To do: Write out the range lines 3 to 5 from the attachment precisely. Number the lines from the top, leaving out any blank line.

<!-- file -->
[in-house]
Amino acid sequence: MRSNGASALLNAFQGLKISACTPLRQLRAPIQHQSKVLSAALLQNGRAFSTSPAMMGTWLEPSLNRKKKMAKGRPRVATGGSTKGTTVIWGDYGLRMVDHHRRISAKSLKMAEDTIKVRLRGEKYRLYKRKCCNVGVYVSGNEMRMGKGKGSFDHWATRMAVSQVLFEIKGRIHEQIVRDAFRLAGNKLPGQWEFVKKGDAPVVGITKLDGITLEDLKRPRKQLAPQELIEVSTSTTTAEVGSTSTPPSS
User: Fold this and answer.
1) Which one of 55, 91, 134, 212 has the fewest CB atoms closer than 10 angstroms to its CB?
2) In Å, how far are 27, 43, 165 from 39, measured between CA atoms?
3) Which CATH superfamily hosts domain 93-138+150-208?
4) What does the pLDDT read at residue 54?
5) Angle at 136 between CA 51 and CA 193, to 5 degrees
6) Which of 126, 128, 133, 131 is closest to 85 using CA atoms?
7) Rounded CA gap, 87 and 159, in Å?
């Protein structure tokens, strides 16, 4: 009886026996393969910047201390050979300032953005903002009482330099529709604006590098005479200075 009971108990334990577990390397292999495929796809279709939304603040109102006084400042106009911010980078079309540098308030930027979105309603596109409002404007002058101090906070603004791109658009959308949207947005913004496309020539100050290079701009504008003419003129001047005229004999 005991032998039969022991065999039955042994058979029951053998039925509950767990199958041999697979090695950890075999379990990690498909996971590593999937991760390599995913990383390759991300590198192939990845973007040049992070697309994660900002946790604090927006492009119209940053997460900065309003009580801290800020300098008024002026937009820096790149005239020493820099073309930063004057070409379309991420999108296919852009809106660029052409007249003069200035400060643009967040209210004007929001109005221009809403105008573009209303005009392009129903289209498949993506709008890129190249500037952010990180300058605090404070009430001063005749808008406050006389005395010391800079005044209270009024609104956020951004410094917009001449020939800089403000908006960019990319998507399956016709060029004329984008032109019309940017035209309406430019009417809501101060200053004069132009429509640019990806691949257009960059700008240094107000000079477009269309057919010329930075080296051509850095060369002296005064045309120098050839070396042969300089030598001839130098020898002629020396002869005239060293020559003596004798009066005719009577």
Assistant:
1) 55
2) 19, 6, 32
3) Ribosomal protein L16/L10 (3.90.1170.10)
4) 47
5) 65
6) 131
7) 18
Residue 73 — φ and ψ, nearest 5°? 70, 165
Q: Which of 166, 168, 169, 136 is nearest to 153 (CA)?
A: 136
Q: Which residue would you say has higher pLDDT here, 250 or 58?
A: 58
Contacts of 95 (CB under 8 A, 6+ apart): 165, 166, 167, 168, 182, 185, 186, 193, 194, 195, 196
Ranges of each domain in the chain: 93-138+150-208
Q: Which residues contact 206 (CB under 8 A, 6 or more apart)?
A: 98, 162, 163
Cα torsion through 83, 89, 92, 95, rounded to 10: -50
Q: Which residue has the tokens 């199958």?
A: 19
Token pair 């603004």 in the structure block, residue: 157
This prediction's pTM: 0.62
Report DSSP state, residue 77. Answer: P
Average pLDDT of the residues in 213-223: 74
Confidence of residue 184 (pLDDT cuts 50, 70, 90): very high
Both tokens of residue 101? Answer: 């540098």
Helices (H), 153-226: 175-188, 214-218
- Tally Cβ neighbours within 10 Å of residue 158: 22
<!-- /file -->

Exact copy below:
User: Fold this and answer.
1) Which one of 55, 91, 134, 212 has the fewest CB atoms closer than 10 angstroms to its CB?
2) In Å, how far are 27, 43, 165 from 39, measured between CA atoms?